Tiffany Callender, Executive Director of Côte-des-Neiges Black Community Centre and member of QCGN`s Priority Setting Steering Committee is interviewed by CJAD’s Natasha Hall to discuss how the first meeting with Premier François Legault went and the importance of consultation with English-speaking Quebec and visible minority communities.
The Quebec Community Groups Network, which represents 50 Anglophone groups in Quebec, met with Premier Francois Legault last week. QCGN president Geoffrey Chambers reveals what was discussed.
In an interview with CTV’s Paul Karwatsky, QCGN President Geoffrey Chambers discusses concerns that were raised during a first face-to-face meeting with Premier François Legault. Chambers said that while the Premier listened and agreed to consult the community more, he did not commit to following the community’s advice on issues like school boards.
The Quebec Community Groups Network got to take the concerns of the English community to the premier Friday at a private meeting. It was a rare opportunity so early in a new government’s mandate. “We’ve never met a premier of Quebec this early in his mandate or her mandate,” said QCGN President Geoffrey Chambers.
Quebec Premier François Legault met with members of the Quebec Community Groups Network on Friday for a closed-door meeting. As Global’s Tim Sargeant reports, issues discussed included the future of school boards, access to English education and wearing of religious symbols.
A network of anglophone groups that has been critical of the Coalition Avenir Québec government says it is cautiously optimistic after a “productive” and “encouraging” meeting with Premier François Legault Friday.
Legault was sworn in four months ago. It’s the earliest a new premier has met with the Quebec Community Groups Network, which represents 50 anglophone groups.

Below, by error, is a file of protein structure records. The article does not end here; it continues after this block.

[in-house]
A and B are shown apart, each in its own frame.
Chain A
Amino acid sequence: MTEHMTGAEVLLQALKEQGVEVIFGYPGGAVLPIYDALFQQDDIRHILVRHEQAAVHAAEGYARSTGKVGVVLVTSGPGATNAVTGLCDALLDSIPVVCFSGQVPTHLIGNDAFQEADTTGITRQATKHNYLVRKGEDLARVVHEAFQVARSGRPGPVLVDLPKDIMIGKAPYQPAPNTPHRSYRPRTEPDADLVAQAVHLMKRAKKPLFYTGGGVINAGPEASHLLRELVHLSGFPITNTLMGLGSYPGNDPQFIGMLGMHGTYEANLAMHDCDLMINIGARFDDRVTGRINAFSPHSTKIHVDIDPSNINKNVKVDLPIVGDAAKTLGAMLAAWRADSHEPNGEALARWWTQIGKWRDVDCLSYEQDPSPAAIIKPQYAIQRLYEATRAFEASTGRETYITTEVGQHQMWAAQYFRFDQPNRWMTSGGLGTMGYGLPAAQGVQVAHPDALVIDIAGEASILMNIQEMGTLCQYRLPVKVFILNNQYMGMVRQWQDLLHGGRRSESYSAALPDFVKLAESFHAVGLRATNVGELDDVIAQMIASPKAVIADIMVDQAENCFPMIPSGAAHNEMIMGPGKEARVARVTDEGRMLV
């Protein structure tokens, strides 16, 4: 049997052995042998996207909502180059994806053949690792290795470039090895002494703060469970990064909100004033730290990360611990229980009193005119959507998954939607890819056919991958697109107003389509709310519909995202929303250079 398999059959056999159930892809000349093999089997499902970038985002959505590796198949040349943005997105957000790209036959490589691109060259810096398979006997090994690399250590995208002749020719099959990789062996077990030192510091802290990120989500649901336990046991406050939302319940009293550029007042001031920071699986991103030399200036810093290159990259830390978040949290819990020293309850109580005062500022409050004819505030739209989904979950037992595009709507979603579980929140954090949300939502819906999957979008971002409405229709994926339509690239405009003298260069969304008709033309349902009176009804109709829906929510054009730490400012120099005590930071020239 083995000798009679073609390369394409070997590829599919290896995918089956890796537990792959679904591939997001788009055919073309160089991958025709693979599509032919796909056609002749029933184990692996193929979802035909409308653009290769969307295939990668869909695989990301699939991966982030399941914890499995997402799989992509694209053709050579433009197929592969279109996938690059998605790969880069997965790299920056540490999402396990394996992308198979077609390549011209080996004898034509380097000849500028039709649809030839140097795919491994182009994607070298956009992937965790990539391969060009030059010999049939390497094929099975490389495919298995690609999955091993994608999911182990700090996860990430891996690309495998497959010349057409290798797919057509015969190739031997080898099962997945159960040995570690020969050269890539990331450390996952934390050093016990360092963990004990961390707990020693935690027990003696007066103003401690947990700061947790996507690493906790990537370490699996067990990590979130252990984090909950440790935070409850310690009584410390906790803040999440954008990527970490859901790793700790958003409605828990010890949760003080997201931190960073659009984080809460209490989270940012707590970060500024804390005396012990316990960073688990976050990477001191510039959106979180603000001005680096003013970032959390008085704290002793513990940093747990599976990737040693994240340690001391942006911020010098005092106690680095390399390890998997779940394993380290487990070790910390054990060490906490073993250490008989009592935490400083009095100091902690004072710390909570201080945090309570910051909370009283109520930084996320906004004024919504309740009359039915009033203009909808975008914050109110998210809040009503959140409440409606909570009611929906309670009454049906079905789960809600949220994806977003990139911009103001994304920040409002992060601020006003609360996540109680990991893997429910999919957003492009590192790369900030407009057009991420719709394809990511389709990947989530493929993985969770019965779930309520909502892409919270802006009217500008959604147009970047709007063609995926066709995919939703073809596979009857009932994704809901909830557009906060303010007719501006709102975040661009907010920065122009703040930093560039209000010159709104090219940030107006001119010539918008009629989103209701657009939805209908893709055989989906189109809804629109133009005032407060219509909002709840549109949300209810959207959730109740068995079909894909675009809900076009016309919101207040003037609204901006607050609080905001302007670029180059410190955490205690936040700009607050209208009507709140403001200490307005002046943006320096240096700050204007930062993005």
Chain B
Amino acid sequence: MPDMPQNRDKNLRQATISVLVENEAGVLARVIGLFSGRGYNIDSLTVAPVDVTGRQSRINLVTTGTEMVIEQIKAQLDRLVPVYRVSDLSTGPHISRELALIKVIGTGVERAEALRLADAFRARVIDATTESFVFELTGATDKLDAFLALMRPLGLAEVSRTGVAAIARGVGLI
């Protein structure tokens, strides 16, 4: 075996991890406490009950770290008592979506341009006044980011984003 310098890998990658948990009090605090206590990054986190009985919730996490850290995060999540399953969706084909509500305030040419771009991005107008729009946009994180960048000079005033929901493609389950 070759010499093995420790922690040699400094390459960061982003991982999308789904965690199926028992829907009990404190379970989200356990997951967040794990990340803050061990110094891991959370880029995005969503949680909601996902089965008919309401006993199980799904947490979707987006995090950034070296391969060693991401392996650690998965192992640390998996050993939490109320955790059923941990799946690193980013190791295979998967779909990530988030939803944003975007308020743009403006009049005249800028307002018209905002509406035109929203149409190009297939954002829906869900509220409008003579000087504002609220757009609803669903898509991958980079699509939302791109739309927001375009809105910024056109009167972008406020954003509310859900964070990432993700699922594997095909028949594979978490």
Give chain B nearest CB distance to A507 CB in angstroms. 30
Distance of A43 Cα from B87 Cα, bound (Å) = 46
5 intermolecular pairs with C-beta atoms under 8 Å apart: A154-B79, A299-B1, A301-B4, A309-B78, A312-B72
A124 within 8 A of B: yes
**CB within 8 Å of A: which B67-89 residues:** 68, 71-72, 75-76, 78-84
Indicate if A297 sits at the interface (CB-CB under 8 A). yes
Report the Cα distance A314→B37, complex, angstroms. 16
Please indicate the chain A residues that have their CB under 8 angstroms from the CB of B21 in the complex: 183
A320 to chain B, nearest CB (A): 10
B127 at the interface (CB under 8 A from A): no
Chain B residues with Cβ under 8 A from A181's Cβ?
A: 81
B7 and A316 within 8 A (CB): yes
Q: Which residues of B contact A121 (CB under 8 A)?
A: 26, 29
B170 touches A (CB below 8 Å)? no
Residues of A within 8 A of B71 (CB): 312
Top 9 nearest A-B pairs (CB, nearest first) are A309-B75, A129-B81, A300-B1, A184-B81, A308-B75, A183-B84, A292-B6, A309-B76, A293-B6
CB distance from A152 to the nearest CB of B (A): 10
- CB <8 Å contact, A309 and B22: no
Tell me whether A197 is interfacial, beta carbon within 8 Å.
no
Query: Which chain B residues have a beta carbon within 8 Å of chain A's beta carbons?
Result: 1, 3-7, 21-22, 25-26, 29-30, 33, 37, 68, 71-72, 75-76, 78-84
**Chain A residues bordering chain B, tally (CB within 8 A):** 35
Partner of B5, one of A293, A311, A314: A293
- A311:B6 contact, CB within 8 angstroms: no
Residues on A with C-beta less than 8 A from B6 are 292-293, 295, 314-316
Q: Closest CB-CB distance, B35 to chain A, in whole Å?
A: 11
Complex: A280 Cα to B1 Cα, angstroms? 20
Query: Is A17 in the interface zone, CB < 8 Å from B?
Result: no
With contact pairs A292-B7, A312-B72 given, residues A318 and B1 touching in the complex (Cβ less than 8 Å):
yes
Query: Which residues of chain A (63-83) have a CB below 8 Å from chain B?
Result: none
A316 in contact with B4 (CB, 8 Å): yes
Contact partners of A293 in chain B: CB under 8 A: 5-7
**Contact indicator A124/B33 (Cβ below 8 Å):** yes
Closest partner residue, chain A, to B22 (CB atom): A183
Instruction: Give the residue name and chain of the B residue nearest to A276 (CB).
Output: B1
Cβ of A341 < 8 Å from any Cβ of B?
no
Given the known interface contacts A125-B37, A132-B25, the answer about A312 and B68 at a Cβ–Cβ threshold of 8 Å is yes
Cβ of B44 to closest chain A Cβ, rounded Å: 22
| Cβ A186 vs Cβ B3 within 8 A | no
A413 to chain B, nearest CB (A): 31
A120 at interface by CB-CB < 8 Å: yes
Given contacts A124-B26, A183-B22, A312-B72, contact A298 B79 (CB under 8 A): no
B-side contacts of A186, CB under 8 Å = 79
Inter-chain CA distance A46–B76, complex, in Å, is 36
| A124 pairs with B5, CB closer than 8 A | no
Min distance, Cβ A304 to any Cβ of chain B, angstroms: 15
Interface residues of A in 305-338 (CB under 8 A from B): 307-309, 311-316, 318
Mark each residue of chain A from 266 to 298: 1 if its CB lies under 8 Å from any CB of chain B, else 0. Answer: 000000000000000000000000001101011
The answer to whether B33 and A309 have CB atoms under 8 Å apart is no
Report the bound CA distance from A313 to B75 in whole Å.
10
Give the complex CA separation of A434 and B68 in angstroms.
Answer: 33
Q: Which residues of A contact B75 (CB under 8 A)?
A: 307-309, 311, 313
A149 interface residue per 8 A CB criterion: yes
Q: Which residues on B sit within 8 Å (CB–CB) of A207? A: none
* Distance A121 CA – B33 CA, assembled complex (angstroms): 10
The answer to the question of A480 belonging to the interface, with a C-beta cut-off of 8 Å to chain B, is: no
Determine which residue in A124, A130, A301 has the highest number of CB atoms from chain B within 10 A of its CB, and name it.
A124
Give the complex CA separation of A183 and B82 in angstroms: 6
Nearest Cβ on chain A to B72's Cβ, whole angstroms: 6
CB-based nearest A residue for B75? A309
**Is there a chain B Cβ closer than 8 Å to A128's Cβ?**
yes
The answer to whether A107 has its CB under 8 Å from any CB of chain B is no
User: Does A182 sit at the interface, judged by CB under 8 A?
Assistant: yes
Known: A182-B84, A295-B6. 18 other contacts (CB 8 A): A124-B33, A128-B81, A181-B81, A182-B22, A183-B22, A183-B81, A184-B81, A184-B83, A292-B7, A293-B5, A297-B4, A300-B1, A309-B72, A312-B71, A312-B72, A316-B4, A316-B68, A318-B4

The premier “was well-briefed, he knew the files, he didn’t have to have the meeting so early,” QCGN president Geoffrey Chambers said afterward.
“What we could reasonably expect today is exactly what we got, so we’re quite pleased, (though) not without some reserve as to how it could go in the future.”
He was speaking to reporters after a 90-minute meeting between QCGN officials, Legault and Christopher Skeete, the premier’s parliamentary assistant for relations with English-speaking Quebecers.
Chambers said the CAQ government’s record on issues affecting anglophones has been “very mixed. There have been a number of positions and statements that have kind of shocked our community and worried people, but meetings like this are encouraging.”
As their petition to save Riverdale High School continues to pick up steam, several former students are also considering taking their fight to court.
“You can just click on it and watch the numbers keep rolling on it,” said former student Amanda Lovelace. “We’re actually shocked.”
In a week, they have gathered just over 2,000 signatures.
While they have enlisted the help of their local MNA, Monseff Derraji, to take their petition to the National Assembly, Lovelace says they are willing to put forth a legal challenge.
Starting September, Riverdale High School will be operated by Marguerite-Bourgeoys school board. Aimée Lemieux reports.
Watch interview with QCGN President Geoffrey Chambers
The Minister of Education’s decision to force the transfer of an English school to the French-language network worries the English-speaking community of West Island, which fears for the respect of its rights guaranteed by the Charter under the Legault government.
“We have the right to have our institutions, rights that are established in the constitution. It seems the minister does not see these rights as important,” says the president of the Quebec Community Groups Network (QCGN), which represents more than 50 English-language community organizations.
The same goes for the Quebec English School Boards Association. “We may think that this is an affront to our powers to manage and control our schools,” adds its managing director, Russell Copeman.
The Journal revealed Monday that the Minister of Education, Jean-François Roberge, will use a power rarely evoked in the Education Act to require the transfer of the Riverdale High School from the Lester B. Pearson School Board. to the Marguerite-Bourgeoys School Board (CSMB). The English-language facility is only used at half capacity, while the CSMB is overflowing with the influx of newcomers to the area.
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Christopher Skeete, the MNA responsible for relations with English-speaking Quebecers, says the province will stand its ground when it comes to bilingual signage at a Lachute hospital.